26 Audit TrailA trail of evidence that links source documents, journal entries and ledger entriesAuditor may follow the audit trail in either of two directions related to the direction of testingTest for existence or occurrenceTest for completeness
28 Transaction cyclesAuditors’ consideration of internal control is often organized around client’s major transaction cycles (examples)Revenue cycleAcquisition cycleConversion cyclePayroll cycleInvesting cycleFinancing cycle
30 Audit Program Systems portion Substantive test portion Deals with client’s internal controlEvidence of test of controls and assessing control riskSubstantive test portionDeals with financial statement account balancesIndirect and direct verification of income statement accounts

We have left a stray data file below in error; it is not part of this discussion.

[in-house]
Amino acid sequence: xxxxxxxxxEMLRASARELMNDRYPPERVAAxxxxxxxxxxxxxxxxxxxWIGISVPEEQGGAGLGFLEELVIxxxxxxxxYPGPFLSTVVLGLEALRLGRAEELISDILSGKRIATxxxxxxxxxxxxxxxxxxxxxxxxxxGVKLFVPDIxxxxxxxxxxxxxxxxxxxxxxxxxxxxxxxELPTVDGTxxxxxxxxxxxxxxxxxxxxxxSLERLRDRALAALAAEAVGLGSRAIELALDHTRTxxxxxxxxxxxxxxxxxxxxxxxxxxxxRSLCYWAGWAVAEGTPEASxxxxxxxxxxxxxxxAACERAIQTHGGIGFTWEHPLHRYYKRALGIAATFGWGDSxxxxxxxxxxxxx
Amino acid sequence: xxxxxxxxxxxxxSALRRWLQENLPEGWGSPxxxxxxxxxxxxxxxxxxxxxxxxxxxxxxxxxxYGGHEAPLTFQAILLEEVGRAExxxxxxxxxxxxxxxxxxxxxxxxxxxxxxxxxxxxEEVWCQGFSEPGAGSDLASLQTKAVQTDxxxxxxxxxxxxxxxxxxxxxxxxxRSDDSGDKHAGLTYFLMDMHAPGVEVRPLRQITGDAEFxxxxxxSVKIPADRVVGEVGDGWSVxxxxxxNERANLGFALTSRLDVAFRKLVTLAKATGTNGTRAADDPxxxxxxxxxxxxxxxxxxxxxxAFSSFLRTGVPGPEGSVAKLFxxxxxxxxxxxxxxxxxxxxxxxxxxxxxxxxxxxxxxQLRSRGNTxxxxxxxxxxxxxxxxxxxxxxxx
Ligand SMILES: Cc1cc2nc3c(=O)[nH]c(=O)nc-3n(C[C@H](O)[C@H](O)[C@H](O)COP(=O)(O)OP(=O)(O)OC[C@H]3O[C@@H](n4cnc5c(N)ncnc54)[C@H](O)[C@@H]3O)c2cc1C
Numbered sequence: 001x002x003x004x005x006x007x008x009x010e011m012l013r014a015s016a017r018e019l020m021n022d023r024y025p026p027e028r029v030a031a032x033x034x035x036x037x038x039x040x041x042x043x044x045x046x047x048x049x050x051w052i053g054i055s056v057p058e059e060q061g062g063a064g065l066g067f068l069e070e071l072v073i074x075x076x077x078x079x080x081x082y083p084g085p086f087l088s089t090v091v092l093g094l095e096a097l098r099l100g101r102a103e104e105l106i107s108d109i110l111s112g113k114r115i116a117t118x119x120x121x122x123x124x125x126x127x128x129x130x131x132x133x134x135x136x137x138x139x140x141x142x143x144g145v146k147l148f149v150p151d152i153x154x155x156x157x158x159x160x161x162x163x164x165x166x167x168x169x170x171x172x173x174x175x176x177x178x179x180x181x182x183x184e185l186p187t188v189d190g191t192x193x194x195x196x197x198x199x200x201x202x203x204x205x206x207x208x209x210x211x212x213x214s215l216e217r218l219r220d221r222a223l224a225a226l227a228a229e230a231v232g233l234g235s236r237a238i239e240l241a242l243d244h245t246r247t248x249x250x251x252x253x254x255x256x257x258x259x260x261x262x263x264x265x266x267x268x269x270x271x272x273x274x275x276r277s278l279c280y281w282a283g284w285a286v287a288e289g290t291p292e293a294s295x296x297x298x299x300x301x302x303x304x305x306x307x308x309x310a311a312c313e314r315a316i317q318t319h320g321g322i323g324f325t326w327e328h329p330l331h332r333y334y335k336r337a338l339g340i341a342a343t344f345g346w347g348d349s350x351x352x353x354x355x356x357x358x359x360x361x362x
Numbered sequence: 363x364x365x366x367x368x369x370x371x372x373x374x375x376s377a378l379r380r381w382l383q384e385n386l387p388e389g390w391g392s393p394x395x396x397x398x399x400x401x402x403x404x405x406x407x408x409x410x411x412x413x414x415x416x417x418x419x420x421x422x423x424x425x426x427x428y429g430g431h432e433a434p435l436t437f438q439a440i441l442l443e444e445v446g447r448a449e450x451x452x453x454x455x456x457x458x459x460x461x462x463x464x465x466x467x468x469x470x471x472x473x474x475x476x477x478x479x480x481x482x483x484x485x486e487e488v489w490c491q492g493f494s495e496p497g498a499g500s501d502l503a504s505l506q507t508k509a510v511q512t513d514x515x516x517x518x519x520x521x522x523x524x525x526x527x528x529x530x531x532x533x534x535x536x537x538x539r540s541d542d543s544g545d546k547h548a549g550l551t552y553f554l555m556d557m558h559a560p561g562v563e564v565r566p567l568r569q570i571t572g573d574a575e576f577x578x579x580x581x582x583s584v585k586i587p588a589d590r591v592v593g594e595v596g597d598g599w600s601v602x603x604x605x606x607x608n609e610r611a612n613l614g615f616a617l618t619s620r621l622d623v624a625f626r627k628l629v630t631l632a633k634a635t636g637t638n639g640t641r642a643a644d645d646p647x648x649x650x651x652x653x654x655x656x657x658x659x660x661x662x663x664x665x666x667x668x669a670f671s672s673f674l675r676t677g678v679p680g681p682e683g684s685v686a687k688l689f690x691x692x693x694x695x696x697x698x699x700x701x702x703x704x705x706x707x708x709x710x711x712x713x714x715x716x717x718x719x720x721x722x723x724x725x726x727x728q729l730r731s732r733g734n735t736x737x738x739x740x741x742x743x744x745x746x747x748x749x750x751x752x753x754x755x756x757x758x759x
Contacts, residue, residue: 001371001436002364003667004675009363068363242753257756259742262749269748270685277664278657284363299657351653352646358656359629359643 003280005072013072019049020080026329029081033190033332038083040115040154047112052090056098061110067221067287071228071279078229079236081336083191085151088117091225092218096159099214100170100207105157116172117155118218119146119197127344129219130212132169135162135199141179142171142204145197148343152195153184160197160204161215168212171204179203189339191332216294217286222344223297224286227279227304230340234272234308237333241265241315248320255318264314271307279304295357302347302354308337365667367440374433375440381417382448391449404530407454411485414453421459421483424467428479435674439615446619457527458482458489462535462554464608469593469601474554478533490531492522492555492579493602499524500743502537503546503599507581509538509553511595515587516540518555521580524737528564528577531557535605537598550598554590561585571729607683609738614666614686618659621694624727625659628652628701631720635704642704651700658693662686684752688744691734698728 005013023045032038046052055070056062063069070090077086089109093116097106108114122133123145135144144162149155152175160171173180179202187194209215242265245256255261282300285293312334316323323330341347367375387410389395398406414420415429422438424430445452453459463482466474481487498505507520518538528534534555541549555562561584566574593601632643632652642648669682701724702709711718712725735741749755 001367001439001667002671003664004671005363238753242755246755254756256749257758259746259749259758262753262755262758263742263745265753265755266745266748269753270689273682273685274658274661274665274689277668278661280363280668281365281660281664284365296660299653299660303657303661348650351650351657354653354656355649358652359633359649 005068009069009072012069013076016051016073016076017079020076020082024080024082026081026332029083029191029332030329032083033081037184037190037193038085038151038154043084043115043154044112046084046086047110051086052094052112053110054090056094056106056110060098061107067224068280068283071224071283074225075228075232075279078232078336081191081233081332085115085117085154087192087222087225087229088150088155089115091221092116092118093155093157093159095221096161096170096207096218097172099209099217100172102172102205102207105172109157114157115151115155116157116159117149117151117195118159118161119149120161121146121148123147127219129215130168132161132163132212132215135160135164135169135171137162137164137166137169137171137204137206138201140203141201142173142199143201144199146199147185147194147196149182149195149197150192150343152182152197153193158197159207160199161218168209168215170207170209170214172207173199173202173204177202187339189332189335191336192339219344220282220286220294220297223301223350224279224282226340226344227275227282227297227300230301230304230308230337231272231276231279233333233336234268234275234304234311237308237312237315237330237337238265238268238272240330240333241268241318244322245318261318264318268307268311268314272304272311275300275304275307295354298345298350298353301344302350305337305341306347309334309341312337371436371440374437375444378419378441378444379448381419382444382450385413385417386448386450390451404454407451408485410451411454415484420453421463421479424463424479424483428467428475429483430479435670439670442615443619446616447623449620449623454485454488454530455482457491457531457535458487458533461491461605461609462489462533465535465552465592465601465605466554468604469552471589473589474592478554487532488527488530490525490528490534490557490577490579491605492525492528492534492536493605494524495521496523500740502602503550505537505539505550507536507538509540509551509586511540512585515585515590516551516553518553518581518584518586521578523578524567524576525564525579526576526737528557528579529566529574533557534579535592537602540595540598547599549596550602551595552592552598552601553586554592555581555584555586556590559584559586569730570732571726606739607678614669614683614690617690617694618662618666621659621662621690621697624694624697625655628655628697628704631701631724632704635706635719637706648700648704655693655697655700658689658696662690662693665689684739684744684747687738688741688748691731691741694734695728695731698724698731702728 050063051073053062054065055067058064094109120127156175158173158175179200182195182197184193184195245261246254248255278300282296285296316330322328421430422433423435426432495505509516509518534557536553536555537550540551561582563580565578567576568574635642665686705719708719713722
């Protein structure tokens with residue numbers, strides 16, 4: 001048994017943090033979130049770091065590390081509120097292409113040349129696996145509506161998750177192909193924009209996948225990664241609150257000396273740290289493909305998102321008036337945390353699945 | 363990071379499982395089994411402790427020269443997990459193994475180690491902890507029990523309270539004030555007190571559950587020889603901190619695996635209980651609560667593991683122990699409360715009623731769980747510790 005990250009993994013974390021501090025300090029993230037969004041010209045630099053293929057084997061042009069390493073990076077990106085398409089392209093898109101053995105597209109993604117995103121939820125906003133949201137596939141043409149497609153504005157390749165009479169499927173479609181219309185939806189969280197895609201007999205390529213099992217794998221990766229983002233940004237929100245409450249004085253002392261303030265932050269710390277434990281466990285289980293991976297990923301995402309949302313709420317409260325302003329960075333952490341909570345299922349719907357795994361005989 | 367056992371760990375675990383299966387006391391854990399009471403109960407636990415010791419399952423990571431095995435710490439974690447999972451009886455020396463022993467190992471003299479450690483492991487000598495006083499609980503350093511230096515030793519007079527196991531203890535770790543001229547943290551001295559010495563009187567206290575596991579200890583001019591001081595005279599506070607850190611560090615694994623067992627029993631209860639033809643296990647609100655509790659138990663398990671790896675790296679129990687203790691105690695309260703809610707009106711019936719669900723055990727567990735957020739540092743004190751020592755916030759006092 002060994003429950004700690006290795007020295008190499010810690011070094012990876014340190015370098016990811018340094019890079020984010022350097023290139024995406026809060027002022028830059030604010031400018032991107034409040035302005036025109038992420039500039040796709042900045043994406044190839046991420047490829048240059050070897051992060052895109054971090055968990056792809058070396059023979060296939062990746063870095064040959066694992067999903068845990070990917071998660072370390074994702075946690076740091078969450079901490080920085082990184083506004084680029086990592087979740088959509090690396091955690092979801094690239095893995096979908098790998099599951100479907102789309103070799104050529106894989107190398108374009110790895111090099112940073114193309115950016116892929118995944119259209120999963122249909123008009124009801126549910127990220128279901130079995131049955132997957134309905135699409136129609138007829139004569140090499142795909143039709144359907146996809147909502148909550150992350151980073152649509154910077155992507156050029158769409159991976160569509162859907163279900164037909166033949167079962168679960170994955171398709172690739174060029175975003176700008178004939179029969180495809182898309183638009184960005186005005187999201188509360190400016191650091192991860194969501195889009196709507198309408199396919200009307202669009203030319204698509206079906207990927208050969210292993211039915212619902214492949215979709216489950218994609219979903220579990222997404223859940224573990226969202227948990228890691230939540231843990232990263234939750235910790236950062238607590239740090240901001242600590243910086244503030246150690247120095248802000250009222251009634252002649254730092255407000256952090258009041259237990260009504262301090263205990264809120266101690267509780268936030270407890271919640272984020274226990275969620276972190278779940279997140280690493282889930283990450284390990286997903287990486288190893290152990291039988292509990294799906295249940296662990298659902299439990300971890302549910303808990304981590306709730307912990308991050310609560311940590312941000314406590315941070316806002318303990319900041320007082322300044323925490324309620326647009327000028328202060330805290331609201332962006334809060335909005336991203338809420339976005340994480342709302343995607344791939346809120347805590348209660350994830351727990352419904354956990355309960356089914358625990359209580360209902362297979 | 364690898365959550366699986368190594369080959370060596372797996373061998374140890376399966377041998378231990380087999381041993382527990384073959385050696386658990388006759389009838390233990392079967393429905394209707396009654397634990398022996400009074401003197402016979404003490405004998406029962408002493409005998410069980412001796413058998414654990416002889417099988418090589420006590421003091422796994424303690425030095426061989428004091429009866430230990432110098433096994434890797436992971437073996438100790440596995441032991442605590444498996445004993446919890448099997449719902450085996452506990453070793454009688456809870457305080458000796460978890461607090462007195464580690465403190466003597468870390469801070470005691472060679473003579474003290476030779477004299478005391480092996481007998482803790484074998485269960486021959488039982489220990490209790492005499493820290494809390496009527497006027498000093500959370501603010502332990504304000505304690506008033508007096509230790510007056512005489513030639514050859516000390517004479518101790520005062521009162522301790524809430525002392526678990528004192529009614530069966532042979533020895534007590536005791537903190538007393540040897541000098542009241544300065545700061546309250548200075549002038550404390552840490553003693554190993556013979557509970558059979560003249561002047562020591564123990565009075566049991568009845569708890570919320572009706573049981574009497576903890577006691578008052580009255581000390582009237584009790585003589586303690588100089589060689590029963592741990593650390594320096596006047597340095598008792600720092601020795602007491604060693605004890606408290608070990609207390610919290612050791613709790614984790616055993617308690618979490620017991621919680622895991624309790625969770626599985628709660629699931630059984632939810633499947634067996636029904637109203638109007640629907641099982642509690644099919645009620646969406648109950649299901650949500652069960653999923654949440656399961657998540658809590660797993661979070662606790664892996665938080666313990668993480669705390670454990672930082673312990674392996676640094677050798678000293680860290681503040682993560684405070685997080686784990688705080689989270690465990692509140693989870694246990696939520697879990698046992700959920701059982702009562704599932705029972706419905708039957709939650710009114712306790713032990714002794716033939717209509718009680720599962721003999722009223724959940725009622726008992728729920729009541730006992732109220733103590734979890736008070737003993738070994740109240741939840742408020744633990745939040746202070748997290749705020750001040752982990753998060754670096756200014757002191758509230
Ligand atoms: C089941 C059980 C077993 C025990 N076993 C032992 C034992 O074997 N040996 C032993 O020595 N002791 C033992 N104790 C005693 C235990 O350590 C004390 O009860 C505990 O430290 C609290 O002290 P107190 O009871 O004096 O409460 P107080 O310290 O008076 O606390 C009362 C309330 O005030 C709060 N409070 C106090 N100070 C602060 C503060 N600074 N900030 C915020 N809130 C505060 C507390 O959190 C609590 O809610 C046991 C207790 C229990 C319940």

31 Indirect Verification of Income Statement Accounts
32 Objectives of Substantive Programs for Asset Accounts Establish the existence of assetsEstablish that the company has rights to the assetsEstablish the completeness of recorded assetsVerify the cutoff of transactionsDetermine the appropriate valuation of the assets and accuracy of related transactionsDetermine the appropriate financial statement presentation and disclosure of the assets47
33 Relationship of Financial Statement Assertions to the Audit
34 Relationships among Audit Objectives, Risks of Material Misstatement, and Audit Procedures